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Alcohol use and cognitive aging in middle-aged men: The Vietnam Era Twin Study of Aging

Published online by Cambridge University Press:  25 April 2022

Alexis C. Garduno
Affiliation:
Division of Epidemiology and Biostatistics, School of Public Health, San Diego State University, San Diego, CA, USA Herbert Wertheim School of Public Health and Human Longevity Science, University of California San Diego, San Diego, CA, USA
Gail A. Laughlin
Affiliation:
Herbert Wertheim School of Public Health and Human Longevity Science, University of California San Diego, San Diego, CA, USA
Jaclyn Bergstrom
Affiliation:
Herbert Wertheim School of Public Health and Human Longevity Science, University of California San Diego, San Diego, CA, USA
Xin M. Tu
Affiliation:
Herbert Wertheim School of Public Health and Human Longevity Science, University of California San Diego, San Diego, CA, USA
Kevin M. Cummins
Affiliation:
Department of Public Health, California State University, Fullerton, CA, USA
Carol E. Franz
Affiliation:
Department of Psychiatry, University of California San Diego, San Diego, CA, USA Center for Behavior Genetics of Aging, University of California San Diego, San Diego, CA, USA
Jeremy A. Elman
Affiliation:
Department of Psychiatry, University of California San Diego, San Diego, CA, USA Center for Behavior Genetics of Aging, University of California San Diego, San Diego, CA, USA
Michael J. Lyons
Affiliation:
Department of Psychological and Brain Sciences, Boston University, Boston, MA, USA
Chandra A. Reynolds
Affiliation:
Department of Psychology, University of California Riverside, Riverside, CA, USA
Michael C. Neale
Affiliation:
Virginia Institute for Psychiatric and Behavioral Genetics, Virginia Commonwealth University, Richmond, VA, USA
Nathan A. Gillespie
Affiliation:
Virginia Institute for Psychiatric and Behavioral Genetics, Virginia Commonwealth University, Richmond, VA, USA
Hong Xian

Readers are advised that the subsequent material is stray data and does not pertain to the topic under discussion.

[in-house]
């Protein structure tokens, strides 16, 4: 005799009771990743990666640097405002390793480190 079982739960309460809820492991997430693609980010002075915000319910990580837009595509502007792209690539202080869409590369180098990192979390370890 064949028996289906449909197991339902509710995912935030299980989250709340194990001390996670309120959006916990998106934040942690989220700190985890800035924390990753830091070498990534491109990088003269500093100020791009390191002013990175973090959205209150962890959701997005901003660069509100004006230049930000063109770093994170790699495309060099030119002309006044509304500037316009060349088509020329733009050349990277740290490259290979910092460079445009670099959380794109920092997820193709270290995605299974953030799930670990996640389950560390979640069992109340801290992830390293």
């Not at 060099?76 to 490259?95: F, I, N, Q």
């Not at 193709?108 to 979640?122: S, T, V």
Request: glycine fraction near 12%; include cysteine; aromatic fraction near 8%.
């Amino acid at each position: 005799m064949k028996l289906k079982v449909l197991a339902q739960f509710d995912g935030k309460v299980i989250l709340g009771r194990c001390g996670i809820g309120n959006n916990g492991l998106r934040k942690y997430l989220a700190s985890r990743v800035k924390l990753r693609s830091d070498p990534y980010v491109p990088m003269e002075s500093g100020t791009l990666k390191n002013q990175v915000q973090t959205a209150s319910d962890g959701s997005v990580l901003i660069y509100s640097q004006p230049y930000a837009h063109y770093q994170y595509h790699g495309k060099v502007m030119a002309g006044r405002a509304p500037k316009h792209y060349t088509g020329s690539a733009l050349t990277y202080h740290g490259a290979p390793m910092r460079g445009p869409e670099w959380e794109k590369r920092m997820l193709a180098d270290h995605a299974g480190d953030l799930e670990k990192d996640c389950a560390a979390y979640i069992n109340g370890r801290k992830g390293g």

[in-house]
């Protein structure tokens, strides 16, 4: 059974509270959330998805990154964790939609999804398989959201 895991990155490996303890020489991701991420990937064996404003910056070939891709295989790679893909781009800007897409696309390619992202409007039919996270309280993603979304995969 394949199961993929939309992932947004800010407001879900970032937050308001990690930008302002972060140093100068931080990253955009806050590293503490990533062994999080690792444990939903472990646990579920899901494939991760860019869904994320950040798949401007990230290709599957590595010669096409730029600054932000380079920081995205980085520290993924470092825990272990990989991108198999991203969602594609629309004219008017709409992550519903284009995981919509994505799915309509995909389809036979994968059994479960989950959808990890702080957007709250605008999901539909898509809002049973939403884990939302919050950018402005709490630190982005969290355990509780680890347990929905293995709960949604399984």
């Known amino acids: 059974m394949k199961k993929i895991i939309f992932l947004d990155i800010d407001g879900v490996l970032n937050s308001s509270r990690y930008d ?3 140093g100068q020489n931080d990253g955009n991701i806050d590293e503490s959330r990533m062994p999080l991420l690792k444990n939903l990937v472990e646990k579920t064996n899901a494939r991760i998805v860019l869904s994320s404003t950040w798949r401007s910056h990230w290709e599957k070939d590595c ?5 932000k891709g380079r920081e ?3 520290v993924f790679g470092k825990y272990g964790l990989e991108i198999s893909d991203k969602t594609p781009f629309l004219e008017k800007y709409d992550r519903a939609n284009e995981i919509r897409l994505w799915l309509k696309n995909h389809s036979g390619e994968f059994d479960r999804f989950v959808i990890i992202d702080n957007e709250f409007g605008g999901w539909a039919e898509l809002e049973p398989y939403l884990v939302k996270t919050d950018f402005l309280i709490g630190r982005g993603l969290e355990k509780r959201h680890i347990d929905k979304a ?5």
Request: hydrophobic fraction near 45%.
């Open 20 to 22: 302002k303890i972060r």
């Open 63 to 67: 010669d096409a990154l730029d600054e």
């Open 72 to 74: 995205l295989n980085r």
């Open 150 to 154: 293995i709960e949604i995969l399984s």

Affiliation:
Department of Statistics, St Louis University, St Louis, MO, USA Research Service, VA St Louis Healthcare System, St Louis, MO, USA
Ruth E. McKenzie
Affiliation:
Department of Psychology, Boston University, Boston, MA, USA Department of Applied Human Development and Community Studies, Merrimack College, North Andover, MA, USA
Rosemary Toomey
Affiliation:
Department of Psychological and Brain Sciences, Boston University, Boston, MA, USA
William S. Kremen
Affiliation:
Department of Psychiatry, University of California San Diego, San Diego, CA, USA Center for Behavior Genetics of Aging, University of California San Diego, San Diego, CA, USA
Matthew S. Panizzon
Affiliation:
Department of Psychiatry, University of California San Diego, San Diego, CA, USA Center for Behavior Genetics of Aging, University of California San Diego, San Diego, CA, USA
Linda K. McEvoy*
Affiliation:
Herbert Wertheim School of Public Health and Human Longevity Science, University of California San Diego, San Diego, CA, USA
*
Corresponding author: Linda K. McEvoy, email: lkmcevoy@health.ucsd.edu

Abstract

Objective:

To determine associations of alcohol use with cognitive aging among middle-aged men.

Method:

1,608 male twins (mean 57 years at baseline) participated in up to three visits over 12 years, from 2003–2007 to 2016–2019. Participants were classified into six groups based on current and past self-reported alcohol use: lifetime abstainers, former drinkers, very light (1–4 drinks in past 14 days), light (5–14 drinks), moderate (15–28 drinks), and at-risk drinkers (>28 drinks in past 14 days). Linear mixed-effects regressions modeled cognitive trajectories by alcohol group, with time-based models evaluating rate of decline as a function of baseline alcohol use, and age-based models evaluating age-related differences in performance by current alcohol use. Analyses used standardized cognitive domain factor scores and adjusted for sociodemographic and health-related factors.

Results:

Performance decreased over time in all domains. Relative to very light drinkers, former drinkers showed worse verbal fluency performance, by –0.21 SD (95% CI –0.35, –0.07), and at-risk drinkers showed faster working memory decline, by 0.14 SD (95% CI 0.02, –0.20) per decade. There was no evidence of protective associations of light/moderate drinking on rate of decline. In age-based models, light drinkers displayed better memory performance at advanced ages than very light drinkers (+0.14 SD; 95% CI 0.02, 0.20 per 10-years older age); likely attributable to residual confounding or reverse association.

Conclusions:

Alcohol consumption showed minimal associations with cognitive aging among middle-aged men. Stronger associations of alcohol with cognitive aging may become apparent at older ages, when cognitive abilities decline more rapidly.

Type
Research Article
Copyright
Copyright © INS. Published by Cambridge University Press, 2022

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